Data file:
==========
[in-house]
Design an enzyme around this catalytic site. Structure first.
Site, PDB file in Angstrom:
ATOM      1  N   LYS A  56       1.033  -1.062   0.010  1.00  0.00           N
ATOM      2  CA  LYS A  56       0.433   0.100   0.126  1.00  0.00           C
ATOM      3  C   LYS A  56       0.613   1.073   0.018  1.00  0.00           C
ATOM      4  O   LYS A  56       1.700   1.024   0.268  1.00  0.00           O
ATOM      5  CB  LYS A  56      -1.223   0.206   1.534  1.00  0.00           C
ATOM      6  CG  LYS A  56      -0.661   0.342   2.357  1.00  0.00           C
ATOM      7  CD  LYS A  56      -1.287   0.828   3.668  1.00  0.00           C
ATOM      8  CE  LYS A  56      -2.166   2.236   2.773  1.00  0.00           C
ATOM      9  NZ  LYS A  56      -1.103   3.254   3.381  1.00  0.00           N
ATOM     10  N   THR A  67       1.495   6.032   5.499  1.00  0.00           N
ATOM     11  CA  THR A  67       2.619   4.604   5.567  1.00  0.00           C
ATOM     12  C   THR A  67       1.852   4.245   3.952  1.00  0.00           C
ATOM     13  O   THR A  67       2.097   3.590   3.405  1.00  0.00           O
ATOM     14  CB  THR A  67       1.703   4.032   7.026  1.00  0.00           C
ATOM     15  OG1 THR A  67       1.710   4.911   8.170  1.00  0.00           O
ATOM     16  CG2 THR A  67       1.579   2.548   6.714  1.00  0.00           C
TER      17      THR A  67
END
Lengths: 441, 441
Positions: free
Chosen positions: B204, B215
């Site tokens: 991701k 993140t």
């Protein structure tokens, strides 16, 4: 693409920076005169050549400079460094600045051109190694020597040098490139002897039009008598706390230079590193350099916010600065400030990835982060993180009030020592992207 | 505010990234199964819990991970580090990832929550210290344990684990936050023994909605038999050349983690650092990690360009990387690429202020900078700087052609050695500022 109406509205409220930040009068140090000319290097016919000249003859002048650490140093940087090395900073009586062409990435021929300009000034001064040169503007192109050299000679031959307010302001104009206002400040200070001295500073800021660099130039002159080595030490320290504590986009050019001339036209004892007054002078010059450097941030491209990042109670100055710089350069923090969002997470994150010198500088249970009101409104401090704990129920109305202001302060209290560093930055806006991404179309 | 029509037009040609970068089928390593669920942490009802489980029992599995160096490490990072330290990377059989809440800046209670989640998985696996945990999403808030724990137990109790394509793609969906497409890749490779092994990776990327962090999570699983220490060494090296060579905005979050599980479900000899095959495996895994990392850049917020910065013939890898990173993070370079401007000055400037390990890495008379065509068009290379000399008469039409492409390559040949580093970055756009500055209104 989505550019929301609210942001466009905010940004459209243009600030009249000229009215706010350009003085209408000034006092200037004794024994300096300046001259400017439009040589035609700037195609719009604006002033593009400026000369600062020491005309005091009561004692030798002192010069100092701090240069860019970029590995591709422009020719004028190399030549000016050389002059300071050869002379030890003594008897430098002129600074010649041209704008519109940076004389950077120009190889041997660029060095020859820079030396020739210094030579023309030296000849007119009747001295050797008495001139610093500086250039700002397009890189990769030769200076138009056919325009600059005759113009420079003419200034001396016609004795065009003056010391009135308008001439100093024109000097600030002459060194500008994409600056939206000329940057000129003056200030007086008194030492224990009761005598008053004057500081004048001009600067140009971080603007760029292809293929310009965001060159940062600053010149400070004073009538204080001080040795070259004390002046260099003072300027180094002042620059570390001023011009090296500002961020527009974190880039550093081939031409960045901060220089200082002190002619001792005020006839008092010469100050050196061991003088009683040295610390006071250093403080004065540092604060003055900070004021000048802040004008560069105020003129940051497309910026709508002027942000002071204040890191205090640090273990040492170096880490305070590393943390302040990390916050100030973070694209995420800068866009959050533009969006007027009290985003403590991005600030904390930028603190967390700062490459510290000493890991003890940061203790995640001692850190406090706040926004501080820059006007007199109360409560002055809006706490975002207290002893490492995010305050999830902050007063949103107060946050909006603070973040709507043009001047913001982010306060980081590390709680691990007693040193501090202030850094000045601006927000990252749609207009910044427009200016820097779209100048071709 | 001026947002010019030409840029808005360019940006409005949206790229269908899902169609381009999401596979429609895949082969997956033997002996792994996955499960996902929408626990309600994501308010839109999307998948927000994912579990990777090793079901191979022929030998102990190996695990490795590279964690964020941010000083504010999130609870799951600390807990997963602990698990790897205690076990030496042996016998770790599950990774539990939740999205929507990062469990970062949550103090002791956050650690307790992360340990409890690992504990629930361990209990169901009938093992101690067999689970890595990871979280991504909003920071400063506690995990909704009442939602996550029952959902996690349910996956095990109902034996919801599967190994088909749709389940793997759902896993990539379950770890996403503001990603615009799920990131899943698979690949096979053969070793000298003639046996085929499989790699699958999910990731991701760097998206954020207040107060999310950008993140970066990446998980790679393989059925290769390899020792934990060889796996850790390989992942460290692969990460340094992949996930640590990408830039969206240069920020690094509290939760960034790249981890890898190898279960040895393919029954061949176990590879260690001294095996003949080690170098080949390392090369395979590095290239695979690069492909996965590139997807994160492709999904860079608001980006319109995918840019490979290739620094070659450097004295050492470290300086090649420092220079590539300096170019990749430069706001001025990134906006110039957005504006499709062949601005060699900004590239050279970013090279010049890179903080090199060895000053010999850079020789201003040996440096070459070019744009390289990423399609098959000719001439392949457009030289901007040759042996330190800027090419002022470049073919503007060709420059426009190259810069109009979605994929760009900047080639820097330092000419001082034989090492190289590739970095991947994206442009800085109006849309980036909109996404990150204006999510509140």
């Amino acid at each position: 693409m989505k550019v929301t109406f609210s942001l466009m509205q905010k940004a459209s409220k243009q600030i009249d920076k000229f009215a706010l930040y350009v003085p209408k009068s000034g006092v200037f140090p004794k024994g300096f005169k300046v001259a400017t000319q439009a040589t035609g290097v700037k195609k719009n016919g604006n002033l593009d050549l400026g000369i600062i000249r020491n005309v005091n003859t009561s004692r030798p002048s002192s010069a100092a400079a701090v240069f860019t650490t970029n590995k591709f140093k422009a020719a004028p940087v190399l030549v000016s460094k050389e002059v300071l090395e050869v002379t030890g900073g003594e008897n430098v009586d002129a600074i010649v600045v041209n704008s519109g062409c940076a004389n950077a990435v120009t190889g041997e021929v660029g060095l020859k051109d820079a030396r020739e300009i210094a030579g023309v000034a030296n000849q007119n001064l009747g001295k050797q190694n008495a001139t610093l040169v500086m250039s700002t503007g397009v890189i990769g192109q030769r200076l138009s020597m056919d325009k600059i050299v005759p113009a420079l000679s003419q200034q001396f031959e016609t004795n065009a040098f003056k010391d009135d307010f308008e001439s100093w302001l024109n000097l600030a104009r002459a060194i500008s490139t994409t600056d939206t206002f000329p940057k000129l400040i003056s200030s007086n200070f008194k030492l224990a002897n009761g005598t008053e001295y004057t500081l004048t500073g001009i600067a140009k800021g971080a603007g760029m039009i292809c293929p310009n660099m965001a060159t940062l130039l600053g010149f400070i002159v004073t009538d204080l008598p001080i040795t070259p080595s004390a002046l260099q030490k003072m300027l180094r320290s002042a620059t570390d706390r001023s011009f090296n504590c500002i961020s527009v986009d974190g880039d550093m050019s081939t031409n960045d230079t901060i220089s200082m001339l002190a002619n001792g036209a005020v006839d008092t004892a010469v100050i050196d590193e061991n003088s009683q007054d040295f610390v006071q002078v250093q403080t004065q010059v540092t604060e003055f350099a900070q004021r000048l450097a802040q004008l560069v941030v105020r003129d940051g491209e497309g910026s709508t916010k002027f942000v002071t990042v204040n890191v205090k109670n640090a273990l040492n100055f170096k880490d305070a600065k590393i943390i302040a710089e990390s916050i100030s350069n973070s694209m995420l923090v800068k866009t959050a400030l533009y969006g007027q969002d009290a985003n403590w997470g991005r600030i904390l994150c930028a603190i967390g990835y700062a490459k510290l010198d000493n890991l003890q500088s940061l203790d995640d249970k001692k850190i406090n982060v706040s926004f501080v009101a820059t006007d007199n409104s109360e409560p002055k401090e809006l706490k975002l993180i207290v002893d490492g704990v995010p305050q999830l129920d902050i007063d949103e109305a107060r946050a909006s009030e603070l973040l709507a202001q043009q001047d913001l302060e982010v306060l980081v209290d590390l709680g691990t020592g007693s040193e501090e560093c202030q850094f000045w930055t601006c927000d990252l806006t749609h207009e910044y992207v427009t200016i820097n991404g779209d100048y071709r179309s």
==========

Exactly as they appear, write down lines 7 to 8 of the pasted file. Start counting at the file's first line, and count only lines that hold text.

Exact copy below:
ATOM      4  O   LYS A  56       1.700   1.024   0.268  1.00  0.00           O
ATOM      5  CB  LYS A  56      -1.223   0.206   1.534  1.00  0.00           C